I am definitely an organized person. I come by it naturally, and have always seen the value in lists, schedules and everything having its place.
When discussing “The Happiness Project” at book club, one of the members commented “I just don't get how having a clean closet is going to make you happy!” and I was stunned. Doesn’t everyone get a high from organizing, sorting and purging?
A reader and friend recently suggested that I parlay this area of
expertise into more blog posts, and while I’m all for it, I need to explain
I would call myself “efficiently organized” – which is not always what organizational-blog readers are interested in. Here’s a perfect example to illustrate what I mean: my filing cabinet.
At home and at school, I have well-groomed filing cabinets, with file folders neatly hand-labeled and arranged in alphabetical order. I’ve used this system forever, adding or deleting files as needed. For this reason, the hand-written labels work well for me.
Most organizational bloggers, though, go for the beautiful photo op. Readers like to see carefully typed labels in fancy fonts, done in a computer program, printed out on special stickers and carefully applied to the files.
But here’s the thing: I already have a perfectly functional system – taking a couple of hours just to change the look of the labels would not at all be efficient. It would be a waste of two hours of my time. Plus, what happens whenever I need a new label? My printing is neat and I never have trouble locating what I need in the cabinet, so it certainly serves its organizational purposes. And while I’m all for things being attractively presented in many areas of life/organization, literally NO ONE else sees my files but me. I’m pretty sure not another soul has ever opened by classroom filing cabinets, and on the very rare occasions my husband goes rooting around for a document himself at home, he’s certainly not complaining. Though I must admit that I did submit to Pinterest-pressure a couple of years ago and replace the folders that weren’t the same colour, which was refreshing. (Yes, I am being serious.)
Without further ado, here’s my very organized, but admittedly not really swoon-worthy photo:
On Pinterest, you can find tons of examples of filing cabinets that are beautifully refinished on the outside, but my cabinet at home (standard black, but in great condition) is kept in a closet, and I really don’t think there would be enough of a return on my investment to spend time beautifying the school cabinets which aren’t even my property.
My tips for filing success:
1. File immediately. People in the staff room the other day were talking about having a “To-File” pile. I never do. If something really needs to be kept (see next point) it goes from my hand directly into the filing cabinet. I open the mail as soon as I get in the door, and I truly do walk right downstairs, items in hand, and file any important pieces right where they go.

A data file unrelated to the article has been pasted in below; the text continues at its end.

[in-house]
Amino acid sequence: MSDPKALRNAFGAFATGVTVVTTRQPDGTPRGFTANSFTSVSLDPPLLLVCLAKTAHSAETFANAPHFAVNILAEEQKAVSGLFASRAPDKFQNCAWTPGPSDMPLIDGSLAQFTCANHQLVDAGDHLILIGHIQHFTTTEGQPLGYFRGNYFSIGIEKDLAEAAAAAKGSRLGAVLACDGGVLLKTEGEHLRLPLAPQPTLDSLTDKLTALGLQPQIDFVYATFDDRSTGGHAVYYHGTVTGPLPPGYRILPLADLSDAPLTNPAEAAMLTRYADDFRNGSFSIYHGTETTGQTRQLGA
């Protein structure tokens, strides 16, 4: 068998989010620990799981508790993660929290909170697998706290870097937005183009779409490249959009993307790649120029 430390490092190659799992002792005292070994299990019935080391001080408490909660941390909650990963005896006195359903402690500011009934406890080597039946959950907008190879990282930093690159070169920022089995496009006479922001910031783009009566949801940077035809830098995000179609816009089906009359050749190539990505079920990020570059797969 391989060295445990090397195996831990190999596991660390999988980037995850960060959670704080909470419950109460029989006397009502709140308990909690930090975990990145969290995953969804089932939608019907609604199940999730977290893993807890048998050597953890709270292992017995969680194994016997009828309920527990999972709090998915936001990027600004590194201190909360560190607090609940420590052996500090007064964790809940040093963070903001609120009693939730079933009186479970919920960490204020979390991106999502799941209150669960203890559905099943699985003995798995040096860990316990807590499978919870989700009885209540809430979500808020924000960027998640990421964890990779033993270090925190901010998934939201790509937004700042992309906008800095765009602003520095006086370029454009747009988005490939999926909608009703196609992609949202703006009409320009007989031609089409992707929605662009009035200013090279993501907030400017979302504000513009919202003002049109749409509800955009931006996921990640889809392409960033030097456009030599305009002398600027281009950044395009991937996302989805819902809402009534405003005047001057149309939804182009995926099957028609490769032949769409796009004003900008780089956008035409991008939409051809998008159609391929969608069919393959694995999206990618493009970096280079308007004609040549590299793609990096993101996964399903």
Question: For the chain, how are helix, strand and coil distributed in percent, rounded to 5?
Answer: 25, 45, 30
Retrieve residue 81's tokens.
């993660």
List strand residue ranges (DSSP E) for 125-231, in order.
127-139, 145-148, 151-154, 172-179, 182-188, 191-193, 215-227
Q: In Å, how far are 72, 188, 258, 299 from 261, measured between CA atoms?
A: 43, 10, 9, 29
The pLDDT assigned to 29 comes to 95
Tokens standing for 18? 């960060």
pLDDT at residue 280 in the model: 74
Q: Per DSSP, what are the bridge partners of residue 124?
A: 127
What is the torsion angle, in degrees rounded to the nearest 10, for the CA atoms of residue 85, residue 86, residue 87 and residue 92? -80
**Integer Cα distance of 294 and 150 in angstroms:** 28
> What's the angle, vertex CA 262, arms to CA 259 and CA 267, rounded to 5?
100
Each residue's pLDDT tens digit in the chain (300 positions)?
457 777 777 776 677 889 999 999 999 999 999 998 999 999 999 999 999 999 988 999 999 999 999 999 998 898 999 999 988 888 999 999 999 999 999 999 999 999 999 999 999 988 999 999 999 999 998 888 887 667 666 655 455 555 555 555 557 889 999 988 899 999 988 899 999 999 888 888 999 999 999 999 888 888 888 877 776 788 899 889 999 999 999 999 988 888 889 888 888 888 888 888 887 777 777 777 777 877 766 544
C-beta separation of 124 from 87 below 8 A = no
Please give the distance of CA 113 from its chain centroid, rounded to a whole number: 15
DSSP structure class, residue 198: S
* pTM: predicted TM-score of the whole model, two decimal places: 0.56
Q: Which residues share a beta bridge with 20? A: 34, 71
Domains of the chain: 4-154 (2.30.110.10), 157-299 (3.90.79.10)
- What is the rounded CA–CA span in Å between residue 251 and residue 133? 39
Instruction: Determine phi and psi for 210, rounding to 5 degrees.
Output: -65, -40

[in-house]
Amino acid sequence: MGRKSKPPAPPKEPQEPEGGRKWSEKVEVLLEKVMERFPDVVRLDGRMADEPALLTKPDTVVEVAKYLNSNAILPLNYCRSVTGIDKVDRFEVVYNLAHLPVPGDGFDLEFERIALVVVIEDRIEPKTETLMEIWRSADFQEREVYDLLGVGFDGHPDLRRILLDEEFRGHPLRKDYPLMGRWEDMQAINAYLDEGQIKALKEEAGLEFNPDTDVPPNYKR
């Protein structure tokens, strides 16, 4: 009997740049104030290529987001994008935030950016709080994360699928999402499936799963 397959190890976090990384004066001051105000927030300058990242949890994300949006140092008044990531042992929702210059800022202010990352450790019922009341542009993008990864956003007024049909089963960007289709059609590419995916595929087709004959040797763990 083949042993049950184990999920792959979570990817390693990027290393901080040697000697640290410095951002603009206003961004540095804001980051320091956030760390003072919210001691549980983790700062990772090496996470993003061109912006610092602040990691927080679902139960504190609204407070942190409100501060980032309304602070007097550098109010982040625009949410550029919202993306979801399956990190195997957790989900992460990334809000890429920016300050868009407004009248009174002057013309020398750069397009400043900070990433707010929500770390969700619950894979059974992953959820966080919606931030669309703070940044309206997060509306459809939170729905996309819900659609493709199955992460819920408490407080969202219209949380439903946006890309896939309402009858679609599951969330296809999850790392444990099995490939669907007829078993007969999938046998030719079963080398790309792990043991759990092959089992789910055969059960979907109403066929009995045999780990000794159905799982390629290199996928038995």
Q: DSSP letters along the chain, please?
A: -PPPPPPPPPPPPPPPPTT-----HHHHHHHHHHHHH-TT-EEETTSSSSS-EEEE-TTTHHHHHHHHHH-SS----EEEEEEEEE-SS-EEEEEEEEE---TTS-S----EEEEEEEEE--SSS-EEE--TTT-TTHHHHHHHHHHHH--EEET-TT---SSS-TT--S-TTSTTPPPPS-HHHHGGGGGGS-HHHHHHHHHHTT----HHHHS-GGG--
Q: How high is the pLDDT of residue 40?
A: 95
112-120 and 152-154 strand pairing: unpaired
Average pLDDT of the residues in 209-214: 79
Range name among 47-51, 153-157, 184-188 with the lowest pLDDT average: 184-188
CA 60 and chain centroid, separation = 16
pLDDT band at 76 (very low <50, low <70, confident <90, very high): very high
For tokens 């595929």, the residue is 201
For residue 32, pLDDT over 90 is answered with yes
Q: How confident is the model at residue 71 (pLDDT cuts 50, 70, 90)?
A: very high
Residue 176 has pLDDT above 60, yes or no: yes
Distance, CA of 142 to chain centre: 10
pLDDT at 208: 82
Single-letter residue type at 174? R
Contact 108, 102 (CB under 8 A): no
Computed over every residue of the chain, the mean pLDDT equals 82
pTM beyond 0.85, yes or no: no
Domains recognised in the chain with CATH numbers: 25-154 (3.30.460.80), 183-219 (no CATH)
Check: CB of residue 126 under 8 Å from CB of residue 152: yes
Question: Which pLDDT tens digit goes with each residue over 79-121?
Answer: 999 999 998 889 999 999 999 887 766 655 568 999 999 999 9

2. Only file what you absolutely must. So many things are available on the internet now, and filing within document folders on your computer is a much better idea than adding to paper folders. Getting e-mail notifications of bills and paying online helps with that, as well as removing your name from unnecessary mailing lists. Most of what I get in my mailbox at work, and a lot of what arrives at home, gets recycled. Even if it is something important, like a party invitation, I write the details down in my planner (RSVPing immediately if it’s required) and recycle the hard copy. For holiday cards, I keep a designated spot in the home for them to be collected/displayed. Most other correspondence (e.g. thank you cards) gets read, appreciated, showed to my husband or daughters if appropriate, and recycled. (Sorry if it sounds cold, but if you’re still reading, I assume you want me to be honest about my system!)
3. Whittle down your files on a regular basis. At school, I usually do this in June; pulling out a few folders at a time and whipping through them while the kids snack or work on art, or sometimes in the staff room while enjoying recess conversation. At home, it’s on the summer holidays, sitting in front of the TV. If I haven’t used it in a couple of years, I have multiple copies of it, or I know I can find it on the computer quickly if I need it again, it’s gone. I once read that tax stuff needs to be kept for seven years, so by year eight, it goes in the shredder or the fire pit. (To be clear, I mean the one in our backyard. I don’t camp.) I know I’m weird, but it gives me joy to pare down what’s in my filing cabinet (or pretty much any closet, cupboard or drawer).
So…are you inspired to get your filing cabinets into shape?
I already have a few more questions from a reader to get me rolling with this organizational series, but if you want to get a peek into an area of my home/work/life organization (besides, of course, my oh-so-gorgeous filing cabinets!), please comment, e-mail me, tweet me, etc. and I’d be happy to add your idea to the list.
I will never say that my way is the right way, but I certainly know what works for me, saving me time and making my days (from the crazy mornings to the exhausted evenings and everything in between) less stressful.
If you’re still with me, you may be interested in my previous clutter-control series:
# 2 - Beauty Products (no more contact lens products for me now!)
# 4 - Clutter Flashbacks (including hair accessories and coat closet)